Through his first 15 starts this season, Nick Blackburn was the best he version of himself that he could possibly be. A 3.15 ERA through 97 innings. Opponents hit .268/.320/.418, which is good but by no means exceptional. And while 18% of his balls in play were line drives, batting average on balls in play reached just .281. You might say that Nick was just a little lucky, but considering that he's a ground ball pitcher and that his balls in play weren't always particularly well-struck, maybe he wasn't as lucky as you might think.
But after last night, his last seven starts have led to an 8.37 ERA in just 33.1 innings. Opponents have put up an OPS near 1.000, thanks to a triple slash that Albert Pujols would be happy with. Line drives are up just a tad, to 20% of his balls in play, but his BABIP is off the scale at .394.
This is what happens to pitchers who don't get a lot of strikeouts. Sometimes luck works for them, sometimes it doesn't, and watching his performance last night can put it all into perspective. Batters are always going to put a lot of balls into play against Blackburn, but it's the how and why that make the difference. Last night his fastball was effective against left-handed pitchers, inducing nine swings which resulted in just one hit. So when Nick said in the postgame:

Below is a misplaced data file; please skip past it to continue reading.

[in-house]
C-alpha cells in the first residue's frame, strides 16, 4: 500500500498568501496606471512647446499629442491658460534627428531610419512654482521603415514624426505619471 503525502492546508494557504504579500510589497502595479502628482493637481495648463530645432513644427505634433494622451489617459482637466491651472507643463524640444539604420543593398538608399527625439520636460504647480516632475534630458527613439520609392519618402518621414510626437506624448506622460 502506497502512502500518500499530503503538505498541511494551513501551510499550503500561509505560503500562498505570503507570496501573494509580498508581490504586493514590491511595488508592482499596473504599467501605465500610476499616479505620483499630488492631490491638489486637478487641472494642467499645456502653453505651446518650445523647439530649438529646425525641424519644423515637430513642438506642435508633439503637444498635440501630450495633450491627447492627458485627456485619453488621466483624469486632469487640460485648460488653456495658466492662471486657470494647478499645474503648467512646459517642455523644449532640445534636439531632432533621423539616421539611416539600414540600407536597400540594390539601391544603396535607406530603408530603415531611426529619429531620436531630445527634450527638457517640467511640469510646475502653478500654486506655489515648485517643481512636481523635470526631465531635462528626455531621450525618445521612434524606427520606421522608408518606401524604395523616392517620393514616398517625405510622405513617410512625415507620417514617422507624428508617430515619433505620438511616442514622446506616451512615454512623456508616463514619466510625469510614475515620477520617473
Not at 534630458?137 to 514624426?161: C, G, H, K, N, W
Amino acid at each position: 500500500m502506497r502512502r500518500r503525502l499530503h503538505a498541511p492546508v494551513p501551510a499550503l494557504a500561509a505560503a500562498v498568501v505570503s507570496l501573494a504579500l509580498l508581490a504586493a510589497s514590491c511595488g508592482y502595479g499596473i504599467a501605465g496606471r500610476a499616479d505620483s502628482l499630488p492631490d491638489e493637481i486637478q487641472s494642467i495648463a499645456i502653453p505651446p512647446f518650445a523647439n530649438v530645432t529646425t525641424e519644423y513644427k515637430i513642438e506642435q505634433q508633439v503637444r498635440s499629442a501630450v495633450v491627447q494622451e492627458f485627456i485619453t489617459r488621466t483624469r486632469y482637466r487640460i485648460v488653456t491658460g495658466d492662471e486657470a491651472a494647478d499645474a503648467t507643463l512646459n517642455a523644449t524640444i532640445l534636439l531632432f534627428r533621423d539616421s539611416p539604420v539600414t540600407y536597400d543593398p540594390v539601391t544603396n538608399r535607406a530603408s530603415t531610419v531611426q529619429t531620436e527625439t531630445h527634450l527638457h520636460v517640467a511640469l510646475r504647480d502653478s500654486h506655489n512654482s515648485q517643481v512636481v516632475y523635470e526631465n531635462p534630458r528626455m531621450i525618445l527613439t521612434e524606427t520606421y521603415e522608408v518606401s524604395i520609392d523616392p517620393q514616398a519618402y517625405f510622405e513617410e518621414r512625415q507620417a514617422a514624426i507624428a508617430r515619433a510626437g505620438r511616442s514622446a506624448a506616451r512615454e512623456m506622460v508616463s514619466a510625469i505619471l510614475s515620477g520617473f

"I was trying to stick with four-seamers I could get down. But it didn't really matter. Anything that was down, they spit on, and just waited for something to be up."
Well, it was true. Pitches that weren't fastballs were left belt-high and got ripped. Especially his changeup (6-for-10 off balls in play).
That, in a nutshell, is your recap of last night's fiasco of a ballgame. The offense gave Blackburn a 1-0 lead in the first and a 2-1 lead in the second, but he just didn't have command of his pitches last night. Certainly not his sinker, but he didn't really have control of anything else, either.
Let's hope for a series win this afternoon.
Blackburn: Tough night. Of his 10 hits allowed, four were doubles and one was a triple. OUCH.
Ben Revere: His .298 OBP will look really nice in the leadoff position on a permanent basis, yes? No.
Trevor Plouffe: He doesn't belong in the two-hole. Trading Denard Span would only make that worse.